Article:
Finding Yourself vs Creating Yourself
There’s a moment in Scorcese’s Bob Dylan docu-fantasy for Netflix, Rolling Thunder Revue: A Bob Dylan Story, where Bob Dylan is asked about the idea of “finding yourself”. His answer, excerpted below, is probably the most insightful moment of the film, and if the film were an essay, would stand as its thesis statement.
Life isn’t about finding yourself or finding anything. Life is about creating yourself and creating things.– Bob Dylan
In one sense, the answer is the perfect rebuttal to that terrible phase we all go through sometime around college- the phase of “finding ourselves.” There’s nothing wrong with trying on new hats, like that week where you tried so hard to be a guy who wears a fedora. But “finding yourself” still promotes the harmful idea that the real you is out there somewhere, whole and intact, waiting to be discovered.
Taken to its worst extreme- and I can definitely see this when I look back at my own twenties- we end up sitting around and waiting. We aren’t even looking anymore, we’re holding out for our future self- the grown-up version- to show up and find us- to lead us into a future that we have no ability to build for ourselves.
As you get older, you realize that most of your heroes didn’t sit around and wait to find themselves or be discovered- they journeyed off in search of themselves, maybe found nothing, but along the way created some semblance of a personality and unique point of view, mostly through hard-earned experience.
Bob Dylan, of course, is the king of making- and re-making- himself. His list of varied roles, from troubadour to trouble-maker, are now cultural archetypes. However, as he remade himself, he also remade the world around him, from the world of protest music and 60s rock to the 70s Nashville resurgence, and so on. The best and most effective version of creating yourself, then, bleeds out into the world, because whatever you create of yourself must bear some reflection on how you see the rest of the world- and how you’d like see it changed.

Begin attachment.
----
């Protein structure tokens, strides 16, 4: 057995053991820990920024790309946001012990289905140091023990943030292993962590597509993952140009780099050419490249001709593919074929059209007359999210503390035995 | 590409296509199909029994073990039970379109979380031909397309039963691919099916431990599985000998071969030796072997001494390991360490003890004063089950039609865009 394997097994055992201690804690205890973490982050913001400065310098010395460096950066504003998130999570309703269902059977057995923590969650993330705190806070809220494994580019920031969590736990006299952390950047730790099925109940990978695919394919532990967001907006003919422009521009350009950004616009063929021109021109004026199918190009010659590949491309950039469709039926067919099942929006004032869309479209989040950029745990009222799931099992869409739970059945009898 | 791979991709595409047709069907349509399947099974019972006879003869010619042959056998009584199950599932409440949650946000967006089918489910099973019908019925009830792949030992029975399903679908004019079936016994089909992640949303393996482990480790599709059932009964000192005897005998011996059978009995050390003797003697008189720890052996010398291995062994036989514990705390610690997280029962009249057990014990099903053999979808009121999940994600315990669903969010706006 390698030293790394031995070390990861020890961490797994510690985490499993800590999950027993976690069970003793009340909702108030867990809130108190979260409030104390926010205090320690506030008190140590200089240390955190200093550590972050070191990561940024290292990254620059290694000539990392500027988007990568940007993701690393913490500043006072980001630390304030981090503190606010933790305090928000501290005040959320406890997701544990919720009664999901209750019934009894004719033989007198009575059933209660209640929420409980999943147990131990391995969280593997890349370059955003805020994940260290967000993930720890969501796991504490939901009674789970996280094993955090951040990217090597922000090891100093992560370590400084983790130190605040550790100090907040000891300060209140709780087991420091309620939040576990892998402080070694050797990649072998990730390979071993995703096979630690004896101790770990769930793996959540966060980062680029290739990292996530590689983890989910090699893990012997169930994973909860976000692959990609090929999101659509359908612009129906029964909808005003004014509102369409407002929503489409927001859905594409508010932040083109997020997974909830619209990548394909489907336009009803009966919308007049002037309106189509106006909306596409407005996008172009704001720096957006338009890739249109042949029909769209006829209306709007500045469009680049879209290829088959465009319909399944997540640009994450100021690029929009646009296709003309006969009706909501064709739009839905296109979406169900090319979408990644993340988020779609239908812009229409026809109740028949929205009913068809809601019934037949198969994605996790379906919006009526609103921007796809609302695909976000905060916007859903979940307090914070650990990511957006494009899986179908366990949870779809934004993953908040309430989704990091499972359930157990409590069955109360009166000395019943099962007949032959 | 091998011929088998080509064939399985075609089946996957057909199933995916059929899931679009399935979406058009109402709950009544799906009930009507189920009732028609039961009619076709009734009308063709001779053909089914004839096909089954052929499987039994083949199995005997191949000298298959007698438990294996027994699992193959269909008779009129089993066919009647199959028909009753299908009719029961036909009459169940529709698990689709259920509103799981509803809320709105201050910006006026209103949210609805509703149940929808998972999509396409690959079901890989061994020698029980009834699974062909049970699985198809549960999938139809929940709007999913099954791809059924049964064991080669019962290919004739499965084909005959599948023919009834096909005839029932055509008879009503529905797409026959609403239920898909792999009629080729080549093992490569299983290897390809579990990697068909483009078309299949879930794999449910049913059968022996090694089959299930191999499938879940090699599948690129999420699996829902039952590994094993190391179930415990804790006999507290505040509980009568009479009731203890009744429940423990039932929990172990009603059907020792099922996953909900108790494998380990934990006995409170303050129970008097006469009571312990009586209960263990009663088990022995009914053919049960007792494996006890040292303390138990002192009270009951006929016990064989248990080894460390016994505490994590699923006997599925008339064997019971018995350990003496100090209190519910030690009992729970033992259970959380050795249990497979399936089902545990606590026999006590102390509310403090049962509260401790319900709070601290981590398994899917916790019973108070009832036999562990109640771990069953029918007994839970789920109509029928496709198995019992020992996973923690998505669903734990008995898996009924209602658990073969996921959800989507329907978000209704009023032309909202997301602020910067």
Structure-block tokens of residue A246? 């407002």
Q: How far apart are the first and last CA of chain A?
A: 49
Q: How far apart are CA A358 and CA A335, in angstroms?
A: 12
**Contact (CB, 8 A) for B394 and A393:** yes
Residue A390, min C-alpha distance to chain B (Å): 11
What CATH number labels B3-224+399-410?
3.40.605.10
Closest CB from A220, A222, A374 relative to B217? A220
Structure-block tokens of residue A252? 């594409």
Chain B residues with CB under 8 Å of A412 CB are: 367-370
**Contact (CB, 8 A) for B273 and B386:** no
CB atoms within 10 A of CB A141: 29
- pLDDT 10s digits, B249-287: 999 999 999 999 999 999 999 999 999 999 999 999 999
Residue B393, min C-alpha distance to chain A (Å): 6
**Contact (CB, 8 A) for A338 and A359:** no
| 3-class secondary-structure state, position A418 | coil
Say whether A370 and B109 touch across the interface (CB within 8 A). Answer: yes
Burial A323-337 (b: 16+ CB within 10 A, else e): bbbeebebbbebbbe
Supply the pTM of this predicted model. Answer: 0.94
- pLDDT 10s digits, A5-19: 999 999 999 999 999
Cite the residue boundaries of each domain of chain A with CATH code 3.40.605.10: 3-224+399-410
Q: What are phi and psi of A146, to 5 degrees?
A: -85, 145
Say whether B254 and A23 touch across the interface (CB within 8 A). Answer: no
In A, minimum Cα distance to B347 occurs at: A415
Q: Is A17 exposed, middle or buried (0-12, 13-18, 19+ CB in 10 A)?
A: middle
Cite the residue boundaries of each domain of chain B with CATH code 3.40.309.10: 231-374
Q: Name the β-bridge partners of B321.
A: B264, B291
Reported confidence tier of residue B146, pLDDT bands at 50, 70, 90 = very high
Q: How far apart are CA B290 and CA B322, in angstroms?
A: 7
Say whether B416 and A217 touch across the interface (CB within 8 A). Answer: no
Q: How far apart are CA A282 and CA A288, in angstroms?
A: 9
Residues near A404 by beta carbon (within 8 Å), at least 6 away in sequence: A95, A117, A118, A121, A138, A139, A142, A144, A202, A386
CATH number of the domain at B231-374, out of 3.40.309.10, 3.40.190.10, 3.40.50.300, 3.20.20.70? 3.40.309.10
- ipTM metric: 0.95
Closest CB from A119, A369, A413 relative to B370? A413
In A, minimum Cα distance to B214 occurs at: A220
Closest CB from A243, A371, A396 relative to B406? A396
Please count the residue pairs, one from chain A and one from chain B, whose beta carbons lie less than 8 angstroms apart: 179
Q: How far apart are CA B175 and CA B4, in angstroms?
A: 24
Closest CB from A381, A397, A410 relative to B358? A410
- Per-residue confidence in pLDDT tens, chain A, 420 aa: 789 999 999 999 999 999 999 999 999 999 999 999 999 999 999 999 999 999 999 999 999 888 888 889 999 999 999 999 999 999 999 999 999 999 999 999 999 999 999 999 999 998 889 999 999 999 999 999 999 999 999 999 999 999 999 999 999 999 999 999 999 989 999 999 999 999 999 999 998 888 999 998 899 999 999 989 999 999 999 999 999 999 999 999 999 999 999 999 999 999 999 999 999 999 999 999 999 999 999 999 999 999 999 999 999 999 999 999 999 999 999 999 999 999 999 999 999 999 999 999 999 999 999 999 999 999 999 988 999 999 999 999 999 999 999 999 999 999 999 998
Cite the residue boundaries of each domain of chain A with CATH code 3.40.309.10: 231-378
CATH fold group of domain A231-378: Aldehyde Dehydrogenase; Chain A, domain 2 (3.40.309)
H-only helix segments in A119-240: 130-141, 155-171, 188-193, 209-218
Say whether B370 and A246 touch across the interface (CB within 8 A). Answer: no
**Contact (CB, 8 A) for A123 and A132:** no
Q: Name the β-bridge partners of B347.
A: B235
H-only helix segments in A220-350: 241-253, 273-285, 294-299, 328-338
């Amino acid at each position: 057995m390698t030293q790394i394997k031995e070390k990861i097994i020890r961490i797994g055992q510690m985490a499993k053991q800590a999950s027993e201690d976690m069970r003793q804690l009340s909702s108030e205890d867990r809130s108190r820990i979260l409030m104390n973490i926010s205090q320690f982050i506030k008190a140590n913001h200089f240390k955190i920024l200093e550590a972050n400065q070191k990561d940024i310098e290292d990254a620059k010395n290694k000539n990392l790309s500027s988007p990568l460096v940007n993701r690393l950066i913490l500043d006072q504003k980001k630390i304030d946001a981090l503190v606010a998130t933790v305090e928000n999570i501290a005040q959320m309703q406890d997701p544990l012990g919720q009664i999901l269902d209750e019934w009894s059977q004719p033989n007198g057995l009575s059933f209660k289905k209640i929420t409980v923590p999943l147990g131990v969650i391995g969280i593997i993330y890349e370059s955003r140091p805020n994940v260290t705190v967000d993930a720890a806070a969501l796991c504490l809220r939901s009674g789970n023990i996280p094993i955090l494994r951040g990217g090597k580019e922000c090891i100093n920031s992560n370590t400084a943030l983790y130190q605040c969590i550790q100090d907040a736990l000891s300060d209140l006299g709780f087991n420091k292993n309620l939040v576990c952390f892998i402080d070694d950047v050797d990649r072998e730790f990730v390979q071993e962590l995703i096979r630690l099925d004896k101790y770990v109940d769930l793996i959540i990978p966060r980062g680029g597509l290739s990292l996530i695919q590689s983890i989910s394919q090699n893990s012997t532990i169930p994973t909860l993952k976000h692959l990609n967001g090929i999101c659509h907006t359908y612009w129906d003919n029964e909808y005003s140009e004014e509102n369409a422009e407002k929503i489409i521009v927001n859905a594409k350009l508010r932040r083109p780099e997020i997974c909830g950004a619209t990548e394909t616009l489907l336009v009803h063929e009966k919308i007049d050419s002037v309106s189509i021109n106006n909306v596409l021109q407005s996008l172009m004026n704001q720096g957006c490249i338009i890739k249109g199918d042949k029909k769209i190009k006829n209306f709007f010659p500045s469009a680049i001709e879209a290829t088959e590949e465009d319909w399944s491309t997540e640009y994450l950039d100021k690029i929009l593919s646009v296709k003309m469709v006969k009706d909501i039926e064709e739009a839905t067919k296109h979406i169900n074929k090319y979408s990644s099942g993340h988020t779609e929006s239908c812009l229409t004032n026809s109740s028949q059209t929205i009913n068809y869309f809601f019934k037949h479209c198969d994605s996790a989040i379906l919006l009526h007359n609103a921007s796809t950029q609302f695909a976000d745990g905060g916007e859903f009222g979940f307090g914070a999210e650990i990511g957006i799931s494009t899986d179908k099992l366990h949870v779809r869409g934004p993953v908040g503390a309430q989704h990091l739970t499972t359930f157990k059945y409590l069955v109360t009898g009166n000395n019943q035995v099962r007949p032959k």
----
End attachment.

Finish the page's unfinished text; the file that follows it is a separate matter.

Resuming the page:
Scorcese’s film, like Dylan’s music, is an attempt at world-building, a term usually reserved for science-fiction and fantasy literature, but becoming more common in our world of “cinematic universes”. Even the subtitle, “A Bob Dylan Story”, has to be an intentional nod to film franchises like Disney/Marvel, and origin story episodes like Solo: A Star Wars Story.
I’m not sure Scorcese would appreciate the comparison to Marvel, but consider the fact that the film is littered with fictional characters representing archetypal narratives (e.g. Sharon Stone as the “teen groupie”, the “promotor”, the “visual artist”, and so on). These characters are clear archetypes or literary personas, crafted like comic book charaters or commedia dell’arte. During the original tour, Dylan works on a similar concept, Reynaldo and Clara.
As world-building moved from niche to mainstream, from the Tolkien nerds like myself to the globe-spanning popularity of video games like Minecraft, television shows like The Walking Dead, and the rest of the Disney-verse, we’ve seen a shift towards the appreciation of self-invention. The internet, social media, and blogging have pushed this idea of world-building, of self-invention to it’s next logical evolution. In a sense, we’re all a Bob Dylan or a Marvel character, documenting our lives with the additional ability of post-production and selective editing.
Of course most of us won’t rewrite the book on rock and roll, or rake in billions at the box office this year. Our worlds are somewhat smaller. But we still have some concrete ability to create and re-create them as we re-create ourselves. So why not do it with intention.